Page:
First and foremost: Thank you for looking at this. The interwebz is full of tantalizing material, so how you stumbled here is beyond me.
Second, but also foremost: I am an engineer, long winded, failed statistics, and suck at most things excel and grammar. I have a lot to learn and I am slowly building my knowledge base in the areas of strength and fitness. I think you are where this data finds value and is used, or ignored. Either way, the nerd in me enjoys looking at the numbers. A lot of assumptions, references to statistical smart person terminology will probably be wrong. Let me know if I am, but don’t shatter my heart. Please be nice.
Third, and definitely foremost: Use this data however you would like to, but please don’t plagiarize. My name is Noel, nice to meet you, you honest referencing person. MLA referencing is not necessary, but give me a shout out…so I can have at least more than 4 hits/month on my blog.
Name: Noel Nocas
Contact me with any questions or if you would like a copy of the RAW data and the spread sheets I used.
The NPFL is this pretty amazing idea to further the sport of fitness. They have done a great job on building it from the ground up and incorporating great sponsors. I won’t babble on, but I am excited about it. All this nerd stuff stemmed because I wanted to know what it took to be an NPFL athlete, or at least competitive at a combine. I wasn’t doing it for myself because I am a total badass and will probably oust Rich Froning in the games, plus be the #1 draft pick in the NPFL next year.
I am also delusional – and highly caffeinated.
With the onset of the NPFL combines I was really interested in the caliber of athlete it took to be on that stage. What a perfect stage to collect data from – top athletes from around the country giving it everything they had in a 2 day event to see if they can make a career out of this crazy sport. I love it. So I grabbed the data out of initial curiosity, then I figured out I could make graphs and do little function things in excel. I am writing this for people from a few different viewpoints:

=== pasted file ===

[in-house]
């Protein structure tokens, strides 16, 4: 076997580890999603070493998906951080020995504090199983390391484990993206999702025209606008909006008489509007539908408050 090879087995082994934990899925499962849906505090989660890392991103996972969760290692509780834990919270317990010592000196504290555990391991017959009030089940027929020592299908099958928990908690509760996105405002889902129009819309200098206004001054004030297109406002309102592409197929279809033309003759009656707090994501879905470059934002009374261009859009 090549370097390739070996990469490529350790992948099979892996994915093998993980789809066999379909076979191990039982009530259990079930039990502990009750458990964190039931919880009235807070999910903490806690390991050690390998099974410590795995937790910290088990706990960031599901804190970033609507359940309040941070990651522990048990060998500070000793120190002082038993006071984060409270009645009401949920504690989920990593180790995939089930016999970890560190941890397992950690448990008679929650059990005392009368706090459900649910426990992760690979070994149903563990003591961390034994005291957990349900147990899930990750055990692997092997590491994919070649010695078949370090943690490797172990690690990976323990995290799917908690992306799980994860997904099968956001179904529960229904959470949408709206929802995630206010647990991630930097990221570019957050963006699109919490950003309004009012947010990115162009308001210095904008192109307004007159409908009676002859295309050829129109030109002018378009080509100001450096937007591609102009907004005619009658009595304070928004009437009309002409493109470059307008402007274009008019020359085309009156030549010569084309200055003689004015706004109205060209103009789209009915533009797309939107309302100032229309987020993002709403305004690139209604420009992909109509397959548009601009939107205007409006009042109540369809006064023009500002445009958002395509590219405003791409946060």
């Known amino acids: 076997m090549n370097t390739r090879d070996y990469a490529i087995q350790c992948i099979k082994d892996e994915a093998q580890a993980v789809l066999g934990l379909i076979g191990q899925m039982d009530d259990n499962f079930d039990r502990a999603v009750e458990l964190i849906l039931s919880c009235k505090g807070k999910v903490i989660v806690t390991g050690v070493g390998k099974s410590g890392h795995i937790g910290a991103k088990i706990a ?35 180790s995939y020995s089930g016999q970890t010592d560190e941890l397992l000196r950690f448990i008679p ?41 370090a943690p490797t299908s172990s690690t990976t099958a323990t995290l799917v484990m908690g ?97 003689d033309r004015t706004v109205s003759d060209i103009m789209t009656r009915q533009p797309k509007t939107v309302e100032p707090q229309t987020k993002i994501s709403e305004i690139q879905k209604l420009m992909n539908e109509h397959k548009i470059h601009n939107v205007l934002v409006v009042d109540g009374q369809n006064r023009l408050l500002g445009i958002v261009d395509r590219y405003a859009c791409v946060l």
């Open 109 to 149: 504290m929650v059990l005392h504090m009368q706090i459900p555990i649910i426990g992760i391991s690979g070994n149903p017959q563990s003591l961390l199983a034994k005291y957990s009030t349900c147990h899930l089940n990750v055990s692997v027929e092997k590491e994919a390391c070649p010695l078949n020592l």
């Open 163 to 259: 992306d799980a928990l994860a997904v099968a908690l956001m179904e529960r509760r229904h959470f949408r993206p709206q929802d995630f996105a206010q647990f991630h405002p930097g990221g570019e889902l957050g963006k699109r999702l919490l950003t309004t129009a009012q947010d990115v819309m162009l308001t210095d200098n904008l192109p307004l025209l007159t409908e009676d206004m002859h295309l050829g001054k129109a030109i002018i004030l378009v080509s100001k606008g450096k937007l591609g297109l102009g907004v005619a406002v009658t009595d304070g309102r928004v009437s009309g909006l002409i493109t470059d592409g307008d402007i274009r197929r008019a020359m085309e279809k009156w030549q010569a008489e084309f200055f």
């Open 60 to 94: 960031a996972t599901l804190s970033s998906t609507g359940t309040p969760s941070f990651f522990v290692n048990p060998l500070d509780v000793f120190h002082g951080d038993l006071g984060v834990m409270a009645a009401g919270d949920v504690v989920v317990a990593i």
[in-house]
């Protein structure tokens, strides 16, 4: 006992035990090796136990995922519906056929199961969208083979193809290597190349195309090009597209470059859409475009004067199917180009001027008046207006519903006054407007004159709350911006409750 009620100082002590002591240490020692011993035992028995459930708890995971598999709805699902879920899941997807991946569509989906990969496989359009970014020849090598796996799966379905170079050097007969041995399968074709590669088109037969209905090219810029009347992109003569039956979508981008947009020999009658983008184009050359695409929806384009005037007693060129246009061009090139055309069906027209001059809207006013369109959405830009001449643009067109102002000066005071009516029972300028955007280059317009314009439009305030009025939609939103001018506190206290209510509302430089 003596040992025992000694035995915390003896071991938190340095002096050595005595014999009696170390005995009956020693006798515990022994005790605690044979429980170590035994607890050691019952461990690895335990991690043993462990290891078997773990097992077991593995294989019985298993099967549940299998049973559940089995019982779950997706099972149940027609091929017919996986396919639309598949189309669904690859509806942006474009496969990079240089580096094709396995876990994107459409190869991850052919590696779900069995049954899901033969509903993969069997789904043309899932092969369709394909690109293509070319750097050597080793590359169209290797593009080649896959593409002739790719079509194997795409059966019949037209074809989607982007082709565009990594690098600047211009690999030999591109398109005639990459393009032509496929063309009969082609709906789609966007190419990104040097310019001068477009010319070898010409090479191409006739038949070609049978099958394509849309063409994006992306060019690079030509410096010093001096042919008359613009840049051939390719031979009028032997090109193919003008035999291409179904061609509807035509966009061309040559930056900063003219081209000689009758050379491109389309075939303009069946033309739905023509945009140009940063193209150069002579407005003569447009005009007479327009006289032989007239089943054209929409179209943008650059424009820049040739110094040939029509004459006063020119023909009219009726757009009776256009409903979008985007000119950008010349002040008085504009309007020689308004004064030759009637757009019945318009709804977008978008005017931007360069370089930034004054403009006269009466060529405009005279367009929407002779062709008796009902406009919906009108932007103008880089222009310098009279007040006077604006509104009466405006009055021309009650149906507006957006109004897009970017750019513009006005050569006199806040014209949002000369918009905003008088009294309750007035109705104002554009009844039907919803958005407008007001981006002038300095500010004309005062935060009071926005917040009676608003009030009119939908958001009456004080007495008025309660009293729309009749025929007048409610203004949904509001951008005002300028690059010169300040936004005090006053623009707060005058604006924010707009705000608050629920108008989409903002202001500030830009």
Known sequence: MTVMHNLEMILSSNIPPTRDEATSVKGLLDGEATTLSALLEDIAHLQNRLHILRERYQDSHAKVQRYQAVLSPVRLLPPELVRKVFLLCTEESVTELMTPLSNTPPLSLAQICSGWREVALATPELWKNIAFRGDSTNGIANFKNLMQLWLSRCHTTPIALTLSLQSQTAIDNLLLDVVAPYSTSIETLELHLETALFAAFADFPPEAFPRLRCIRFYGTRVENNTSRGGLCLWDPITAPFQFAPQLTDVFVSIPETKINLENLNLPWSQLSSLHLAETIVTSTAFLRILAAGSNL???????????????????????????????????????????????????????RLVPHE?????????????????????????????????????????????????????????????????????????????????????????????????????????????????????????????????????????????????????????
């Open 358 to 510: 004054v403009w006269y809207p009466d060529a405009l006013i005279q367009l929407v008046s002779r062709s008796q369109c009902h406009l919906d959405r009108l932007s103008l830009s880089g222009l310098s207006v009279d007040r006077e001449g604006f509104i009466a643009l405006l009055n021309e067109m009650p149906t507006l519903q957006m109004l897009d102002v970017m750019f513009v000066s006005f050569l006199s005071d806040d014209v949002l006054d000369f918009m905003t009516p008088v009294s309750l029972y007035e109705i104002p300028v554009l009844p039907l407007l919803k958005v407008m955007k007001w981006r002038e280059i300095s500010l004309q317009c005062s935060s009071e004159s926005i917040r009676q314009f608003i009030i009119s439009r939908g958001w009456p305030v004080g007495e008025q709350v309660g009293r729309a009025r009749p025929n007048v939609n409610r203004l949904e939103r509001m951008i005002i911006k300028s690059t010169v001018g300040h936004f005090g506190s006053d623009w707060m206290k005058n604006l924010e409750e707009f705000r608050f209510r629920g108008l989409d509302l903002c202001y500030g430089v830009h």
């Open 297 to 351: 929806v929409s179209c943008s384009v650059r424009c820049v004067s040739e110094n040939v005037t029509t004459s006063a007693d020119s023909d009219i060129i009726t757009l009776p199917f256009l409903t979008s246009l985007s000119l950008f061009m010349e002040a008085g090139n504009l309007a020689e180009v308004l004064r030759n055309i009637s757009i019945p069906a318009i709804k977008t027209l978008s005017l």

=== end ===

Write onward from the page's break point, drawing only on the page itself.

– As an athlete performing in or wanting to participate in the combine.
– As a “coach” training athletes that wish to make it into the NPFL, or be competitive on that level
– As a programmer wishing to effectively develop an athlete into NPFL “material”
– As a competitive weightlifter/CrossFit athlete that wants to see where the competition is at
Most everything you’ll need to see is in the first table. I will also draw conclusions on how an athlete needs to perform to make it to the third day of competition. If you are interested specifically in a certain event/stat and this doesn’t cover it then I will gladly share that data with you i.e. if you want to see the average row time for people that snatched over 275lbs. Hopefully you can use this for a future combine, to train an athlete, or to program your training. So here it is.
Disclaimer: I would not make it back to the Sunday workout portion of the combine. I’m pretty average in the sport of weightlifting and CrossFit and definitely could not keep up with these guys.
How to read what I am about to puke forth:
Data is from the MALE participants from the three combines (LA, Dallas, ATL). I will also compare combine athletes to athletes selected to move on to the next stage -“Vegas athletes”. To keep this short, I will do one in-depth analysis on the Snatch event. I have all the same data for the other events, but that would make this document way too long. If you want this data for any other event please don’t hesitate to ask.
A lot of the data I collected is analyzed using basic arithmetic equations. I also will reference Standard Deviation (SD) a lot. Standard deviation is “A measure of the dispersion of a set of data from its mean. The more spread apart the data, the higher the deviation. Standard deviation is calculated as the square root of variance.” – Source
A histogram basically collects data into “bins.” A bin is a range. For example 200 to 225 lbs., or 300 to 320 seconds, etc. In each bin/range there will be a certain number of competitors that performed within that range. i.e. 3 people snatched between 193 and 214lbs. The number of people in that bin is often referred to as frequency. For front squat:
In this case 2 people front squatted between 233lbs and 275lbs.
Most of the Bins you see are based on Standard Deviation. The first bin you will see is the average minus 3 times the Standard Deviation. Bins after that just add the standard deviation.
Got it? Sorry, I’m trying to make it simple.
IMPORTANT: The law of large numbers that are normally distributed states that +/- 68% of the population will fall within 1 standard deviation of the average…important if you want to make it to the third day of the combine.
Because sometimes we have a small data set, we can “normalize” that data and apply it to an imaginary population set of – in this case – 2,000 people. These imaginary people show the exact same trends as the actual data (normal trend using average and SD) but it gives us prettier graphs. It also allows us to compare a population set of 48 with a population set of 140…once again with a prettier graph. It also can give us an idea of what the sport of fitness will look like as it progresses in size.